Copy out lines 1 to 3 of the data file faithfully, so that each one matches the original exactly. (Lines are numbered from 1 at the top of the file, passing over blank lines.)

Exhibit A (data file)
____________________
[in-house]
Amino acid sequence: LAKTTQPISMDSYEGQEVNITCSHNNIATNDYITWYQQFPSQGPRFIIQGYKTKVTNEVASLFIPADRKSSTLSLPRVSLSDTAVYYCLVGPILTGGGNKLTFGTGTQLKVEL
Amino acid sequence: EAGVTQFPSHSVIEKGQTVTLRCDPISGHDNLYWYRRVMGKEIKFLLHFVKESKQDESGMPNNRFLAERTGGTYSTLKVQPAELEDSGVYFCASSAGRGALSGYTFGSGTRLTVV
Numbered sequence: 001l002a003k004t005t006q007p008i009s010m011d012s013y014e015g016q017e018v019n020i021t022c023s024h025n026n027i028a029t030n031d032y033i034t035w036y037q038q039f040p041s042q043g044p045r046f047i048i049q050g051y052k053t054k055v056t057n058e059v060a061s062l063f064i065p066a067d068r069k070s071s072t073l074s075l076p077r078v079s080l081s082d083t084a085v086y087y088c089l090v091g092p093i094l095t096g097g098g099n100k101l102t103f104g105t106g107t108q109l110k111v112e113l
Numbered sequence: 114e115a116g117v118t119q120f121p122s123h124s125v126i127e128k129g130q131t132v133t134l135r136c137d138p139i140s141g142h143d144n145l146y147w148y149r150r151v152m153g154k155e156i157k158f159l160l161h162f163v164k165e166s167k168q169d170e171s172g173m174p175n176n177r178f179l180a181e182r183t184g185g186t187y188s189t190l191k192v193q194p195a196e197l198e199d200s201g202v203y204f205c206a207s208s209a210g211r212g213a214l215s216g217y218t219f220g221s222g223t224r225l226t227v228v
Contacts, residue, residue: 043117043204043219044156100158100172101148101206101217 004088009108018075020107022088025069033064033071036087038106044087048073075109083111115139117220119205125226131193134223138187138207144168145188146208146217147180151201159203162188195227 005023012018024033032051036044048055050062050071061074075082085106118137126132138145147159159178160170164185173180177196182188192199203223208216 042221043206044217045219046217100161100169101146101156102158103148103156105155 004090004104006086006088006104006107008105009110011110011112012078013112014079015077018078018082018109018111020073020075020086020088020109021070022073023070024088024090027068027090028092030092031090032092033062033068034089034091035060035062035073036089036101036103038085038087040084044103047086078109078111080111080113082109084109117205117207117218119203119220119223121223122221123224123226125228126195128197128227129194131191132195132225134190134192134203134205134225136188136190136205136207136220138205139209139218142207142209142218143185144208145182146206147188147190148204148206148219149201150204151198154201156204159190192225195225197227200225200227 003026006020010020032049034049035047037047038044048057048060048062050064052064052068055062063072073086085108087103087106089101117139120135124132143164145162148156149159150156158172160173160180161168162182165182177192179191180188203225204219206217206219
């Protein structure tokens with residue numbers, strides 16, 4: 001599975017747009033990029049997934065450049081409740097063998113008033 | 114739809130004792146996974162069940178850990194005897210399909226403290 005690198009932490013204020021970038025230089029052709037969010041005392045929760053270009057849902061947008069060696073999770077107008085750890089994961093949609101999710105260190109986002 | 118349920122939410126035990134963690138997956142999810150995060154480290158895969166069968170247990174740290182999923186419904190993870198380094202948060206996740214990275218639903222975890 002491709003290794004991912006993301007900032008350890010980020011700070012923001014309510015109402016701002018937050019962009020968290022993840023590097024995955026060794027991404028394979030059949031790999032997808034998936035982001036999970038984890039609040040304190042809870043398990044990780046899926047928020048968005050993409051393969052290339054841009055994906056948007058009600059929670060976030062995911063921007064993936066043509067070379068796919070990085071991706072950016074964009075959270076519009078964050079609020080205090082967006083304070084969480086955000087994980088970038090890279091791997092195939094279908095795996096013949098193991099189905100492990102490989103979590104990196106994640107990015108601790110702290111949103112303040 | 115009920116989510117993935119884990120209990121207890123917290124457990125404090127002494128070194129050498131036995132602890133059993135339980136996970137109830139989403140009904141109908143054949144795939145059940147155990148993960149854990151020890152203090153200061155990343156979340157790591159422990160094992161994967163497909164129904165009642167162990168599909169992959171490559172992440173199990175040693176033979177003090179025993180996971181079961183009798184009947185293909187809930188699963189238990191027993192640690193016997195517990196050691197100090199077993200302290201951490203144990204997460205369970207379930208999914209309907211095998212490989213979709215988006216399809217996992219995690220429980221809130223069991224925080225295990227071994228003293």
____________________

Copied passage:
[in-house]
Amino acid sequence: LAKTTQPISMDSYEGQEVNITCSHNNIATNDYITWYQQFPSQGPRFIIQGYKTKVTNEVASLFIPADRKSSTLSLPRVSLSDTAVYYCLVGPILTGGGNKLTFGTGTQLKVEL
Amino acid sequence: EAGVTQFPSHSVIEKGQTVTLRCDPISGHDNLYWYRRVMGKEIKFLLHFVKESKQDESGMPNNRFLAERTGGTYSTLKVQPAELEDSGVYFCASSAGRGALSGYTFGSGTRLTVV